May 24, 2016
A little less than a year ago, I wrote a Montage article entitled Spring Challenges. I could almost have used the same title for this article and, indeed, there have been a number of developments over the past few months that could merit comment. Nevertheless, at a laboratory like ours, there has to be a focus on running the accelerator for physics, and so that becomes the lens through which life is viewed.
After the mid-winter break, accelerator operations were started, but soon difficulties with the Central Helium Liquefier imposed a pause. After the cryogenic recovery, the accelerator recovery also had some difficulties of its own. It became clear that the path to good performance demanded an incisive move. The operations group systematically reset the machine so that the parameters matched the pre-holidays sweet spot. From that point on, the accelerator performance was impeccable. The experiments in Hall A to measure Deep Virtual Compton Scattering and the proton form factor began to accumulate useful amounts of data and were able to meet some of the experiments’ goals with the full 11 GeV beam. In Hall D also, high data volumes were accumulated using the 12 GeV electrons and helped by the good performance of the data acquisition system. Still calling it a commissioning run, different thicknesses of diamond radiator were tried. The solenoid magnet operated for several months at 1200 amps, and then in the final week, operation with 1345 amps was also demonstrated to be reliable. Expectations for eventual publications from these data are high.
In Hall B, the primary activity has continued to be the installation of the CLAS12 detector, in particular the new Torus magnet. This magnet has been featured in earlier Montage articles. Its coils were fabricated at Fermilab, encased in cryostats in the Test Lab, and assembled into a magnet in Hall B itself. After long work-days, and double shifts, the magnet, as of today, is pumping down nicely after a few weeks of intensive leak finding.
So, no physics in Hall B. Not exactly! The Heavy Photon Search experiment was installed downstream of CLAS 12, and planned to take data on weekends. Now there is a challenge! Changing a machine configuration on a Friday afternoon is usually taboo. But we decided to try, and HPS was able to take about 70-80% of the data desired with 2.2 GeV beam. That is a major success. The main part of the run ended in the last week of April, but, after a reconfiguration of the Central Helium Liquefiers to enable the summer maintenance program, we are operating the accelerator for Hall B only operation with 2 pass beam for PRad, an experiment which aims to clarify the controversy about the proton radius. Of course, as is now traditional (tongue in cheek), the experiment will mainly run on weekends and perhaps in the overnight periods, depending on Torus progress.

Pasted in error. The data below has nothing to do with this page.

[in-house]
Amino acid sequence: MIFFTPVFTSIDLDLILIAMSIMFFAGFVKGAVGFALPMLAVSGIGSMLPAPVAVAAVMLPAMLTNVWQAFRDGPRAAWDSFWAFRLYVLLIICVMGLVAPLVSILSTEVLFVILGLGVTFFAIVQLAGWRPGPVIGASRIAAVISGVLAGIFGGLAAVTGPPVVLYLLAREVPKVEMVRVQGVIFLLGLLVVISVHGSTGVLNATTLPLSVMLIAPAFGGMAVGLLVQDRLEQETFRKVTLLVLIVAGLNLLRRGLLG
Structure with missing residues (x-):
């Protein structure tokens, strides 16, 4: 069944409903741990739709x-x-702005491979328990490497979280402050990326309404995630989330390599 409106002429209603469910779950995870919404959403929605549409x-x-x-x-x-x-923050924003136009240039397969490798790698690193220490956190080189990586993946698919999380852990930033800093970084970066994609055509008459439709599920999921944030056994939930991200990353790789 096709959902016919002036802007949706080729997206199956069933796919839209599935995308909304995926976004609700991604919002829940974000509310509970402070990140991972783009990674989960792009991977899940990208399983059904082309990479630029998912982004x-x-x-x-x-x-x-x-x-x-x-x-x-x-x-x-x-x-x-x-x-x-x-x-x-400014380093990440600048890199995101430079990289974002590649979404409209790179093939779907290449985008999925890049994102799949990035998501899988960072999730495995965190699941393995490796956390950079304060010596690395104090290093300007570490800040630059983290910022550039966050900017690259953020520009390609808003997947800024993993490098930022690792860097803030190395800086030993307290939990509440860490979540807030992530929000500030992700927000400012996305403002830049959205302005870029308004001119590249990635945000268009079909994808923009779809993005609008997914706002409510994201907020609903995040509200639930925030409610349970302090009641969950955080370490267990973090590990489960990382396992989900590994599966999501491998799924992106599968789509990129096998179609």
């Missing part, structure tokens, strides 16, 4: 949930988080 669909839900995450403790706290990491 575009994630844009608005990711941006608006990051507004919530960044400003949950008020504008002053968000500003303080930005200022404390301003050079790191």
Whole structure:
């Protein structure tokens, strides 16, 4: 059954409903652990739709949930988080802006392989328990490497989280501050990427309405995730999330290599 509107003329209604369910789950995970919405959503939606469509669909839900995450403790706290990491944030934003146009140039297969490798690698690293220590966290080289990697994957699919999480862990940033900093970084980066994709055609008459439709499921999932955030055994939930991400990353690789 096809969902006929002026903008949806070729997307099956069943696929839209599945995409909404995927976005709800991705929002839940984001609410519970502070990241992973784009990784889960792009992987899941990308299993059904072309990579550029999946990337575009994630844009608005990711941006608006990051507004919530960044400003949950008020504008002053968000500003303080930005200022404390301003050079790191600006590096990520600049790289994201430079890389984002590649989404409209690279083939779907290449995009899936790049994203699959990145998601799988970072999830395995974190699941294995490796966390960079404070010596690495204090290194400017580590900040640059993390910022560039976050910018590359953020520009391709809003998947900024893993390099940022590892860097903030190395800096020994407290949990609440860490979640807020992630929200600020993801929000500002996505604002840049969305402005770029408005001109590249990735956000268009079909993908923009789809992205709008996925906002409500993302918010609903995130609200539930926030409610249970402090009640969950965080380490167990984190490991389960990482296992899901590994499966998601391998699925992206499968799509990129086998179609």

Spring Running is a title that can refer also to our Annual Run-A-Round, which took place on May 4. The weather was fine, something not guaranteed this year, and some of the usual suspects did well again. There were jokes at the start about how, given it was a new course, “perhaps Alexandre Deur, the anticipated leader, will get lost as had happened once before”. So Dave Abbott rode his bike out front and all went well. This year’s T-shirt winner, an entry from the Diversity and Inclusion Council, is turning out to be very popular.
There was, of course, excitement elsewhere, for example, with superconducting magnet fabrication proceeding in Brittany and in Pennsylvania, and the first LCLS-II cavity string coming out of the clean room. But the event that “took the cake”, broke the records”, “won the awards” was this year’s Open House. I recall estimates in the past of 6-7,000 visitors, or on one occasion 8,000, for our Open House. This year, 12,000!!!! Before 9 a.m., we had lines to get through the security check and they just kept coming. Allison Lung and I were accosted outside CEBAF Center by two women seeking the 3-D printers, and then the 3-D printed cars. They were hot to trot having heard how body parts might be fabricated by such techniques. They told us they were each in their upper eighties and admitted to high excitement. Allison saw them later, and all their desires had been fulfilled; and they sent us hand written cards to that effect. It was a famous day, for them, for 11,998 others, and for the lab. Thank you to all who made it happen!!
Spring Running in 2016 appears to have been a multiple success.